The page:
The Searchers had seven U.S. Top 40 singles, highlighted by their covers of Jackie DeShannon’s “Needles and Pins,” the Orlons’ “Don’t Throw Your Love Away,” and the Clovers’ “Love Potion #9.” The band had even greater success in their native England, where they topped the singles chart three times, landed a dozen singles in the Top 40 and waxed more than a dozen albums. Their original recordings for Pye have been extensively anthologized [1 2], but for those seeking a hits-focused single disc, Varese’s gathered together all of the group’s UK and US chart entries (except for an early cover of Brenda Lee’s “Sweet Nothin’s”), and sprinkled in a few album cuts. The collection utilizes stereo mixes that were most likely produced by UK Pye for the American Kapp label (at the demand of label head Dave Kapp). These are genuine stereo mixes made from the original 3-track masters, and they’re surprisingly well balanced. That said, they aren’t the mono singles listeners originally heard on AM radio, which themselves can be found on the longer Pye collections. Listeners unaccustomed to mono will enjoy the stereo mixes, but Searchers fans should really own both, as they’re equally authentic artifacts. [©2016 Hyperbolium]
Originally reissued on CD in 1995, Capitol apparently allowed Linda Ronstadt’s second solo album to go out of print. Varese remedies the situation with this straight-up reissue of the album’s ten tracks, together with an eight-panel booklet that includes new liner note by Jerry McCulley. Upon the album’s original release in 1970, it bubbled under the Billboard Top 100 and launched the single “Long, Long Time” into the Top 40. Recorded in Nashville, Ronstadt mixed pop and country material, including Hank Williams’ take on the Tin Pan Alley standard “Lovesick Blues,” Mel Tillis’ “Mental Revenge,” Goffin & King’s “Will You Love Me Tomorrow?” (which bubbled under the Top 100) and Dillard & Clark’s “She Darked the Sun.” Ronstadt returned to California for her self-titled third album, but this Southern sojourn was an important way-point in her development from a singer in the Stone Poneys to a full-blown solo star. [©2016 Hyperbolium]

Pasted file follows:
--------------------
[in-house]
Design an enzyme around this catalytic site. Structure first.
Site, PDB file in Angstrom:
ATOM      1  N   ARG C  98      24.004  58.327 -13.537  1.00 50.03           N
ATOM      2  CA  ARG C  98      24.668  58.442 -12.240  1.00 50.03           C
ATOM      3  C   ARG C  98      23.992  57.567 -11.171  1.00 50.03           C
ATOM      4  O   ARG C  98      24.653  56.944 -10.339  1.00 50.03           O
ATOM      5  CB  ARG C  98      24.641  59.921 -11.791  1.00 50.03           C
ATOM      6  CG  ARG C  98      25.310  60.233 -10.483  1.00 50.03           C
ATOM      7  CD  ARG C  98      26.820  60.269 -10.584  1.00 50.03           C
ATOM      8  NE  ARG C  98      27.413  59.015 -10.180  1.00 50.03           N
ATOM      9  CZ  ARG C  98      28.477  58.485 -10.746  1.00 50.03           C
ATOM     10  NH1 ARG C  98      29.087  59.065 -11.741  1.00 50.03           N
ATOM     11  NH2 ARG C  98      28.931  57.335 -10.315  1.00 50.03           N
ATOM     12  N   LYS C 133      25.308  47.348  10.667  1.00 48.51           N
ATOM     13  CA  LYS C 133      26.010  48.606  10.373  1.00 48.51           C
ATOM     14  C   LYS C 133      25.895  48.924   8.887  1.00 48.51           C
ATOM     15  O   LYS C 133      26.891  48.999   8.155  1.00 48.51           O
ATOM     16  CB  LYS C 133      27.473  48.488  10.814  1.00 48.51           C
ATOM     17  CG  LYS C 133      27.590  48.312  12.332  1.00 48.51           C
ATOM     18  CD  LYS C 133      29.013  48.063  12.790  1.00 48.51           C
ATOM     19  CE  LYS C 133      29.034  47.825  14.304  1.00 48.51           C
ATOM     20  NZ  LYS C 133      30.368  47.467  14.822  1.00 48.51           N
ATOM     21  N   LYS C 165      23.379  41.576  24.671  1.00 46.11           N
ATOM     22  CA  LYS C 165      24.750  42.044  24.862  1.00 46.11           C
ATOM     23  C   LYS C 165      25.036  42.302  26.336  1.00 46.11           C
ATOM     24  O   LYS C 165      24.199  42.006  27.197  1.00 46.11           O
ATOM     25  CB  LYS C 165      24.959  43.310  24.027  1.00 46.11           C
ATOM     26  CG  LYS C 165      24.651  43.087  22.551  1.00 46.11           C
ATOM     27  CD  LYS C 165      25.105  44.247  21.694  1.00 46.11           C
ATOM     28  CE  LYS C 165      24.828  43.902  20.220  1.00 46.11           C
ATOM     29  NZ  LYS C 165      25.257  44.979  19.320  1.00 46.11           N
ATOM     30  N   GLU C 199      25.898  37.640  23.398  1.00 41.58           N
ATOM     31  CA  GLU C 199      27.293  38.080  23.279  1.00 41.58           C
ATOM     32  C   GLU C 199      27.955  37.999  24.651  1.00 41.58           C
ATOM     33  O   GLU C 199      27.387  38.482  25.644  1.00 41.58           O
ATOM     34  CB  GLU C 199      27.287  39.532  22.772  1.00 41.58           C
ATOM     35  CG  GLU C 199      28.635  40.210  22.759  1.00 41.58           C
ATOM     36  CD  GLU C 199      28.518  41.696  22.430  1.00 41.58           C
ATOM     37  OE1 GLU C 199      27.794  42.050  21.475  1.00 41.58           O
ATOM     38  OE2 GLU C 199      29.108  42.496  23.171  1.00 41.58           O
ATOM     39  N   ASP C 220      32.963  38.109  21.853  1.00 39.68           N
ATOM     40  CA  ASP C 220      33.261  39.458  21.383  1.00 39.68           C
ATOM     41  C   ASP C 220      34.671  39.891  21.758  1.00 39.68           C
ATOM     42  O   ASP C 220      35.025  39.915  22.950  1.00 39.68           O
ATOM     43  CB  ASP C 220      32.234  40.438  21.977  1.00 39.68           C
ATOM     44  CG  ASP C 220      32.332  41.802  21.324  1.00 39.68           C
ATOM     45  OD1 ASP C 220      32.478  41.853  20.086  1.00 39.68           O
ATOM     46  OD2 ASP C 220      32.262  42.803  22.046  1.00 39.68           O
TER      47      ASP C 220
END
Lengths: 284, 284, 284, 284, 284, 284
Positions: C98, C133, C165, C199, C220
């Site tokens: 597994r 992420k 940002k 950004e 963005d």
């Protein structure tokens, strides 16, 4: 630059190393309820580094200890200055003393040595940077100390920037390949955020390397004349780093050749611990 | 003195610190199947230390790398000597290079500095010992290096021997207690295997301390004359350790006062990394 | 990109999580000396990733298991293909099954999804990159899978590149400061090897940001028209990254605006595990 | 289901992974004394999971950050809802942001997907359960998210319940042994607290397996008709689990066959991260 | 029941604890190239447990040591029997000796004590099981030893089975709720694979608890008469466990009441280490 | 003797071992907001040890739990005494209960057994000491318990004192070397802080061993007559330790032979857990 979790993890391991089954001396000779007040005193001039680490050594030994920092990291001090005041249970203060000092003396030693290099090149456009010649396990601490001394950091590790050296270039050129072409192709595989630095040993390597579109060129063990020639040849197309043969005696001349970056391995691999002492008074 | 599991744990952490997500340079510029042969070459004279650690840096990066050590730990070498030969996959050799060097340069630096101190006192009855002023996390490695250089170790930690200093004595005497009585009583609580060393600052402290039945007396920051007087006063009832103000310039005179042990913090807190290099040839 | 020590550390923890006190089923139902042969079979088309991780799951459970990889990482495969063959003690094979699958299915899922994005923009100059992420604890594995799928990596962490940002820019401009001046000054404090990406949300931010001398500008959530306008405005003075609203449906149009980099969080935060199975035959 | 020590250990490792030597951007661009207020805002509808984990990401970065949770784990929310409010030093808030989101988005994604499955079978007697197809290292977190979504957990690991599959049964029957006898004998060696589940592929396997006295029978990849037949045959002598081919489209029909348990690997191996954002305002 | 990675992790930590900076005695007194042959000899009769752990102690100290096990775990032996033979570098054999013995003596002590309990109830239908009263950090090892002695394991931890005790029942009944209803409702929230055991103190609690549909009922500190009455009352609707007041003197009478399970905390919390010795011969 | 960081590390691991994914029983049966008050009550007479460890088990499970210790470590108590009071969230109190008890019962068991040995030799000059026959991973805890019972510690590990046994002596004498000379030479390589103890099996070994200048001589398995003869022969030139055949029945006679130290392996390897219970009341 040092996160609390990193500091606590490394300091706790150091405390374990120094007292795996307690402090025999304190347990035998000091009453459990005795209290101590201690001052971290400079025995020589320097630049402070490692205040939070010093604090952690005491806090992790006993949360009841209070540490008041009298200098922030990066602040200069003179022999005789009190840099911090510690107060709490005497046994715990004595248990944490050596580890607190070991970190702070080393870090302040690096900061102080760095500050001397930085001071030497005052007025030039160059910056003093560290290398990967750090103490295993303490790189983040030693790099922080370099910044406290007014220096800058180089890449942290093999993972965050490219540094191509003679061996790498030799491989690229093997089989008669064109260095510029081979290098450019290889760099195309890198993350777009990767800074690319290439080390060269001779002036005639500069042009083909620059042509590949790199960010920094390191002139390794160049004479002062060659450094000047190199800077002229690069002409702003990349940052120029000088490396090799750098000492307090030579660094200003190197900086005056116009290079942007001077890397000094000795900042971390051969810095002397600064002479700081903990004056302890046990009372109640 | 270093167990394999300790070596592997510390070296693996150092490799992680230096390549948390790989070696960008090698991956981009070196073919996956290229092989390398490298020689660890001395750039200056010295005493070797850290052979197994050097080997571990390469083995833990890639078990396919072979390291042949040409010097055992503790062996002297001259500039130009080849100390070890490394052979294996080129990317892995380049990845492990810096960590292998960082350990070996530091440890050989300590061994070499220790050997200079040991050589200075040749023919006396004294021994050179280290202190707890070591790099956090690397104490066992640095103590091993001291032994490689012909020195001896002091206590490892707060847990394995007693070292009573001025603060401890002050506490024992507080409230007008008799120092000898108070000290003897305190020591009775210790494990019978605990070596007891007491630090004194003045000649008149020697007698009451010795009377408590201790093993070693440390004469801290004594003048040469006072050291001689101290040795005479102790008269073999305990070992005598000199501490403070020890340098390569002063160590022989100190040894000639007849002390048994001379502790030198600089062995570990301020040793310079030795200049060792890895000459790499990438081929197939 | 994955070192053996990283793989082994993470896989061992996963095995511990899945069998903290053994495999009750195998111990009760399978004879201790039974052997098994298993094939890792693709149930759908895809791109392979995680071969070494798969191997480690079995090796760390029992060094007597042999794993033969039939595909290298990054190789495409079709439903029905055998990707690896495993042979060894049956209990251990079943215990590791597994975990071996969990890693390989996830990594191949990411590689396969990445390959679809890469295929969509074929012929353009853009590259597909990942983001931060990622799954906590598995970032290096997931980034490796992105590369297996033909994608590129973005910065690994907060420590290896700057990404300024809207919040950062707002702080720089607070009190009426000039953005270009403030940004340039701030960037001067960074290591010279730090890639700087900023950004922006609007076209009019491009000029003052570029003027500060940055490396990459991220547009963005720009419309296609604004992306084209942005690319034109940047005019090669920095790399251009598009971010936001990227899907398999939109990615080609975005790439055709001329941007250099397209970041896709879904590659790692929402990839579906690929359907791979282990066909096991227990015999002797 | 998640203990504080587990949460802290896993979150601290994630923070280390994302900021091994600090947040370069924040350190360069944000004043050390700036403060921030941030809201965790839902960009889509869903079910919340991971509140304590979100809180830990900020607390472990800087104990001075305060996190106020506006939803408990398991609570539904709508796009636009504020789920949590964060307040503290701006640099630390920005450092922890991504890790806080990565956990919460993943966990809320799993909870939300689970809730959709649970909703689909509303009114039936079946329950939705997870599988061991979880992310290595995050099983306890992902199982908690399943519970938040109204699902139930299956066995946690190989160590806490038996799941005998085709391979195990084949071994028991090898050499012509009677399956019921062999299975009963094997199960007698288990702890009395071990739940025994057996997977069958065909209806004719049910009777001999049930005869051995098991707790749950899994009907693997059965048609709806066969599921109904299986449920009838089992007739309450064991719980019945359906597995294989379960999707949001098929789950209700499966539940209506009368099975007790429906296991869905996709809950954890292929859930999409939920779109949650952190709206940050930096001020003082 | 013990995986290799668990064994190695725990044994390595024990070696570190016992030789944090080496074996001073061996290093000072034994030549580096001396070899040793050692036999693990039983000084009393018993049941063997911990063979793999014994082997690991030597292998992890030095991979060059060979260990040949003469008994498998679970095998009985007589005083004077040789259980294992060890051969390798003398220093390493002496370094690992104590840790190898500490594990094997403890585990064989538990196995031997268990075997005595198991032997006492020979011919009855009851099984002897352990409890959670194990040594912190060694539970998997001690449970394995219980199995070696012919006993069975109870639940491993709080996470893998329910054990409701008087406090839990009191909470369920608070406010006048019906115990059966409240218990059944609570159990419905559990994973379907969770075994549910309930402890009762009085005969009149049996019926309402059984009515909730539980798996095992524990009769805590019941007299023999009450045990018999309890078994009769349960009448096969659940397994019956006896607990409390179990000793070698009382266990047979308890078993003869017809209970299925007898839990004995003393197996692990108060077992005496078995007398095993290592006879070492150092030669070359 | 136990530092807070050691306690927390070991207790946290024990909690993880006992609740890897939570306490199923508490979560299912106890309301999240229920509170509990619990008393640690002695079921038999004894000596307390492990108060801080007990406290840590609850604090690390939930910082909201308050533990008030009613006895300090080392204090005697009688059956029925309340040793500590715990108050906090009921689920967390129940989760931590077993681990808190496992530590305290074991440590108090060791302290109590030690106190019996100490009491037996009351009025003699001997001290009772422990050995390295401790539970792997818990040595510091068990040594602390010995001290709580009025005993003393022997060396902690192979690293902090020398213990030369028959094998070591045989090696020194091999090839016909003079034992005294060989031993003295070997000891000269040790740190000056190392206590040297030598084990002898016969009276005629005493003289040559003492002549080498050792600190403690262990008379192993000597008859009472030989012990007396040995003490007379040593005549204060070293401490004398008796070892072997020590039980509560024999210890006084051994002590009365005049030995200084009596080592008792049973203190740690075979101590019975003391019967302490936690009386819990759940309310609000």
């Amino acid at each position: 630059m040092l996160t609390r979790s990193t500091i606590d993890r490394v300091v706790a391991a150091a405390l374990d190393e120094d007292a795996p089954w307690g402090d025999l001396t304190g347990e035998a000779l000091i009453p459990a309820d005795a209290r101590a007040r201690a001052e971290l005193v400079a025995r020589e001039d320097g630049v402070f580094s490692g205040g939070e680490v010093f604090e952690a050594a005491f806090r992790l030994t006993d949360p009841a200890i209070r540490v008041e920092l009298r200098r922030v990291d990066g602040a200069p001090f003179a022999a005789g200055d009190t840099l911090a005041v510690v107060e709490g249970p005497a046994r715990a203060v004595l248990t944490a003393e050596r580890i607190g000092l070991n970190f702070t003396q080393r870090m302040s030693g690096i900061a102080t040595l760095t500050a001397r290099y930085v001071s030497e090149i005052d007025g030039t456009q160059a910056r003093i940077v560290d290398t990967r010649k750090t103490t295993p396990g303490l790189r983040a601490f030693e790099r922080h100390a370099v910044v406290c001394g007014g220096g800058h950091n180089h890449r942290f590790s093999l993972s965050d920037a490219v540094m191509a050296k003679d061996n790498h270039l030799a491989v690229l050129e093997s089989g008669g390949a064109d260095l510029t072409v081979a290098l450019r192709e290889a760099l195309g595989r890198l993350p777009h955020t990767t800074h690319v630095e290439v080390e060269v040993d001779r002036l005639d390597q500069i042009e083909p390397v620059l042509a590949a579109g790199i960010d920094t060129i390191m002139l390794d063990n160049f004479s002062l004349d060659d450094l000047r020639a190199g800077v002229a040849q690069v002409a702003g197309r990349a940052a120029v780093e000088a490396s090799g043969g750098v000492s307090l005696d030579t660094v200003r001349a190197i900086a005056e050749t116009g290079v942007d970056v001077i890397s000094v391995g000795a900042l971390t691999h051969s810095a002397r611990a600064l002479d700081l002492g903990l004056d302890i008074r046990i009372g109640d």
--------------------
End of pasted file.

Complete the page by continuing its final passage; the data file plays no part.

The most notable element of Sonny & Cher’s 1967 film Good Times wasn’t the duo’s move into acting, the skit-based humor or even the meta-conceptual plot of a movie about making a movie. The film’s most lasting contribution to the arts was the introduction of William Friedkin as a mainstream director. Friedkin had been directing documentaries, but it was this collaboration with Sonny Bono that launched his feature filmmaking career. The film is an interesting lark, capturing mid-60s mood, design and a bit of artistic ennui, but without the acidic bite of Head. The original eight-song soundtrack gave Bono a chance to stretch out, and added several excellent titles to the Sonny & Cher catalog.
Leading off is a waltz-time instrumental version of the duo’s signature “I Got You Babe,” a title that appears again at the soundtrack’s end in a fetching acoustic arrangement. In between is Sonny’s perfectly self-deprecating “It’s the Little Things” in all its proto-Spectorian grandeur, its B-side Cher showcase “Don’t Talk to Strangers,” the sultry B-side “I’m Gonna Love You” (originally released as a Cher solo on Imperial in 1965), and several songs lifted from the soundtrack with lead-in dialogue. The latter include the stage-hall styled title tune and another of Sonny’s self-deprecating, average-guy love songs, “Just a Name.”
The bonus tracks include the single “Plastic Man” and its B-side edit of “It’s the Little Things.” The latter shortens the album track by dropping the middle stanza of the refrain. Earlier reissues have included only the edited version, so the full album take turns out to be the real bonus. Varese has used the true mono master, unlike One Way’s 1999 reissue, and though quite listenable, the fidelity still isn’t the best that the era offered. Friedkin’s original liners are included alongside new notes by Larry R. Watts, rounding out an obscure entry in Sonny and Cher’s catalog, but one that harbors several top-notch tunes. [©2016 Hyperbolium]